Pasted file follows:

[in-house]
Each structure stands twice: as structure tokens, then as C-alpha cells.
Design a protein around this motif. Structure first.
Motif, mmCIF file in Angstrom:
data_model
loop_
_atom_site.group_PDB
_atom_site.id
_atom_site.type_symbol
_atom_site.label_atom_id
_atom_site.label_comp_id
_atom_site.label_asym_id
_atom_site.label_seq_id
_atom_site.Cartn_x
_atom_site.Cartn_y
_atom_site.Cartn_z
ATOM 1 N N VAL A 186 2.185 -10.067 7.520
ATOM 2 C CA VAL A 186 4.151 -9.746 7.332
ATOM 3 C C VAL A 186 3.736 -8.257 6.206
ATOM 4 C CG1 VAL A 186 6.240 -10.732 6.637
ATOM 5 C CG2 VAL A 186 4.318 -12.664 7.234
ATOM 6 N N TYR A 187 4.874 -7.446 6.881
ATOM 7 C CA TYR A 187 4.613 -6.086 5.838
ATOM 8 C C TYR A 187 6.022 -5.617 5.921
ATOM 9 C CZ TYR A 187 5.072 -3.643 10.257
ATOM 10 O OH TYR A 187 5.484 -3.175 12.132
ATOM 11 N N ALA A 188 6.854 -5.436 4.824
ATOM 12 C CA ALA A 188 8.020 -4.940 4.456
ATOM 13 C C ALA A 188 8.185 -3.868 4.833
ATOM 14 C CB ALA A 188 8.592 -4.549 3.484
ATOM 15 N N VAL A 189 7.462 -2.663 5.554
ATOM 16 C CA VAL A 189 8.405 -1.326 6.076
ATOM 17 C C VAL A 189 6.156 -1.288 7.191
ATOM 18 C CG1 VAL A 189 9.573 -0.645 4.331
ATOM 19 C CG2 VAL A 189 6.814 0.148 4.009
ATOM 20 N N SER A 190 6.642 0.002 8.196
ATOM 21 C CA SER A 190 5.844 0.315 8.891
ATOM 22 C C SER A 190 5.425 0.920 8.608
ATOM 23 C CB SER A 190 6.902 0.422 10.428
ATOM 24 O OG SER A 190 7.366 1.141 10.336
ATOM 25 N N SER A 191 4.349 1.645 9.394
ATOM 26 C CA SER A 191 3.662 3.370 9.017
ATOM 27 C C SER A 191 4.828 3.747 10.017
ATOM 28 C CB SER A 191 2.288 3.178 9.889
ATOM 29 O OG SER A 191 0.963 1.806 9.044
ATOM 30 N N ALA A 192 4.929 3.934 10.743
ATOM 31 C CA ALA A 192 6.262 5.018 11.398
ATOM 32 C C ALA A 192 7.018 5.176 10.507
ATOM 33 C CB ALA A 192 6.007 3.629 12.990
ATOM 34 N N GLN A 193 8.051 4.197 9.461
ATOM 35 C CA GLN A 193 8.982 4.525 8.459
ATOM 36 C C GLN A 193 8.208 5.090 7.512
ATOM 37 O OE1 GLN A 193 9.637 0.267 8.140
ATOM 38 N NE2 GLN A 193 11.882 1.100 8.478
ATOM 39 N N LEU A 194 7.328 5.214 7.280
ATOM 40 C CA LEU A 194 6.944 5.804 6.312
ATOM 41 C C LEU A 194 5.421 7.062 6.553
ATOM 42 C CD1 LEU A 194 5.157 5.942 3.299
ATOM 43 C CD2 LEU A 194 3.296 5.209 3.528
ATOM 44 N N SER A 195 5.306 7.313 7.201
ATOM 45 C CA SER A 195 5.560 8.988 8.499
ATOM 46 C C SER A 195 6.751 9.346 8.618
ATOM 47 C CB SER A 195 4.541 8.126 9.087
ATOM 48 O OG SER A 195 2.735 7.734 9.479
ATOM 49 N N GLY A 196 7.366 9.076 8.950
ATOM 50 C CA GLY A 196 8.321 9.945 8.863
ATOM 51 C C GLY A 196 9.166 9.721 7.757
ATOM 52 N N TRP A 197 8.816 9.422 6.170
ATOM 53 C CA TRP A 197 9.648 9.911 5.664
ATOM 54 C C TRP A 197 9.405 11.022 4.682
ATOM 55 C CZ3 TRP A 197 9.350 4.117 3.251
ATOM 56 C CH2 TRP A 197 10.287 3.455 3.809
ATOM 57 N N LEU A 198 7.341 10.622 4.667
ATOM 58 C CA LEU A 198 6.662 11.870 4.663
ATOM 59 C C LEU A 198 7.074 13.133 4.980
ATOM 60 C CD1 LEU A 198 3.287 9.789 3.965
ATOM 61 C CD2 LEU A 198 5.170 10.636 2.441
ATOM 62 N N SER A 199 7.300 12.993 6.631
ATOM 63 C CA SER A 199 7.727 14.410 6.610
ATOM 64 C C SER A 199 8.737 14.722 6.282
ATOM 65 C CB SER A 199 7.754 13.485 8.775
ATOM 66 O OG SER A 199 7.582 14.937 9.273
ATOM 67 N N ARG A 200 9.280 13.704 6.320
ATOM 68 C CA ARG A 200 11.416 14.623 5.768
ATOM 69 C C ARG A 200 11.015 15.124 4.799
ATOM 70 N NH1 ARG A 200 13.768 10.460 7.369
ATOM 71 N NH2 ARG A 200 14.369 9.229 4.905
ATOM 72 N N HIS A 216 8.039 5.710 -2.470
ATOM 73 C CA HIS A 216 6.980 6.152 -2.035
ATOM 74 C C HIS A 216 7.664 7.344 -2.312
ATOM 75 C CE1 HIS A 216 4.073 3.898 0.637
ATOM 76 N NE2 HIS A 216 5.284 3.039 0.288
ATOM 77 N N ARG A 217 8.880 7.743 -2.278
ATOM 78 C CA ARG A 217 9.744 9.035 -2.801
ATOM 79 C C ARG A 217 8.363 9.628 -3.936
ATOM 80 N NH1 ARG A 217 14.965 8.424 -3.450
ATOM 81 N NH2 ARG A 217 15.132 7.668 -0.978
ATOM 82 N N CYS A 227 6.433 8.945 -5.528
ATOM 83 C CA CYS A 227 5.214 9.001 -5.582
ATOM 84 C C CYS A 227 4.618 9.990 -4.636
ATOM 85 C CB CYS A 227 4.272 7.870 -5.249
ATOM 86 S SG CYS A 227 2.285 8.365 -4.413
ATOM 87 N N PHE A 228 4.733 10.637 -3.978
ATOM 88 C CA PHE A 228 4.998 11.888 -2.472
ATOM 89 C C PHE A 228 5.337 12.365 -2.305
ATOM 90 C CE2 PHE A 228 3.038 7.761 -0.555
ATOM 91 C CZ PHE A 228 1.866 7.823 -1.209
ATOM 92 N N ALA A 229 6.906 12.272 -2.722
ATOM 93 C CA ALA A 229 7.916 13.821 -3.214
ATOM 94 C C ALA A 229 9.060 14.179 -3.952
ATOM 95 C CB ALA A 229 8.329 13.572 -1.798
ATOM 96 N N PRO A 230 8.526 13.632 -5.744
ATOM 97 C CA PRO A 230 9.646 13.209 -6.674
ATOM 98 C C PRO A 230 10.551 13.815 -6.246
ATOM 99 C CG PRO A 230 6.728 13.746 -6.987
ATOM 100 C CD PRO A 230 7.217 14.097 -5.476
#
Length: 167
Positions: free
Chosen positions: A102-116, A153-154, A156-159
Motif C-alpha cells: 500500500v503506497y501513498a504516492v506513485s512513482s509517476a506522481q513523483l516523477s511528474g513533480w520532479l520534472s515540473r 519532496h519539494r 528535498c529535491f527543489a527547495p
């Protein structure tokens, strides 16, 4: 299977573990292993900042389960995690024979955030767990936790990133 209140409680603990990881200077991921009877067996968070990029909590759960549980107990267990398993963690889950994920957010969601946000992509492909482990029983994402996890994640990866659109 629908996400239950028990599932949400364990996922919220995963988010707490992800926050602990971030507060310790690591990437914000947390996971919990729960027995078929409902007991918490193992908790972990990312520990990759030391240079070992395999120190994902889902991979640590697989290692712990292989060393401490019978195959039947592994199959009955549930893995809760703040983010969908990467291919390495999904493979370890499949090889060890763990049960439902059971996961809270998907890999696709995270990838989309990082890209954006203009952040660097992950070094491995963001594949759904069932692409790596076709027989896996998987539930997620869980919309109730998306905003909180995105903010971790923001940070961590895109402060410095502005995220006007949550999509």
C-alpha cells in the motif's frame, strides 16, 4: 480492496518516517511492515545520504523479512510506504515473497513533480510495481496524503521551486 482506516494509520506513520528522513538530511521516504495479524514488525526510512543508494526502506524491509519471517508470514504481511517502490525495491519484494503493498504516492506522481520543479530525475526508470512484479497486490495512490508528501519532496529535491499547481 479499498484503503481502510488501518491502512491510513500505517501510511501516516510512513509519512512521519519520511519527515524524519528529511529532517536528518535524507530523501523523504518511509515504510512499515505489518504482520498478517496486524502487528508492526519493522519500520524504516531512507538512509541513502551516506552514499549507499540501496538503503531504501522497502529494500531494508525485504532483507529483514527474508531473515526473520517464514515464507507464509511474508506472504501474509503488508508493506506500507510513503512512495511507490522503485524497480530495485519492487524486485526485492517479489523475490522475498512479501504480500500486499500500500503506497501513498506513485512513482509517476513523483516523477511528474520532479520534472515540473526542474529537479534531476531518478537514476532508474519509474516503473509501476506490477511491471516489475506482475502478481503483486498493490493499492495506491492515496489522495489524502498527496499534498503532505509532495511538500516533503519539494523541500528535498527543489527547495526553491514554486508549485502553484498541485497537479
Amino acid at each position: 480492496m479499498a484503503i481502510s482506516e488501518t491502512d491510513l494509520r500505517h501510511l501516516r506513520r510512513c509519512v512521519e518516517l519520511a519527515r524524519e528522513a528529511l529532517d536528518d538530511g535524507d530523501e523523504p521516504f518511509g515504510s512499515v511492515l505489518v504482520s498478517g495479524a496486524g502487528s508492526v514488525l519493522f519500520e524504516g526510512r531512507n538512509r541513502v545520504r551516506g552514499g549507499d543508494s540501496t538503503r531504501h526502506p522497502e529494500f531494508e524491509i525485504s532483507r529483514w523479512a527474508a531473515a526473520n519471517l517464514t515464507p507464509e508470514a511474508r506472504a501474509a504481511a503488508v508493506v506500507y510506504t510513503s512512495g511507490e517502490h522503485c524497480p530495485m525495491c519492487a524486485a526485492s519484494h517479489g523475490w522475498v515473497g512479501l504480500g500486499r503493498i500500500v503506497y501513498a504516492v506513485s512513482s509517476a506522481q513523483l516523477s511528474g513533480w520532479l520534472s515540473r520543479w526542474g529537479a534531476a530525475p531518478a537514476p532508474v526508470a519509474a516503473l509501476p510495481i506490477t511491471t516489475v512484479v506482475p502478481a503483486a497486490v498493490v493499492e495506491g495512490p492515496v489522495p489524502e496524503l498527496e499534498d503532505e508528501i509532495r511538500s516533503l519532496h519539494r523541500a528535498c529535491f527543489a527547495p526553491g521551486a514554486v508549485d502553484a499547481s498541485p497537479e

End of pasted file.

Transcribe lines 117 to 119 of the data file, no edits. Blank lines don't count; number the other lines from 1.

#
Length: 167
Positions: free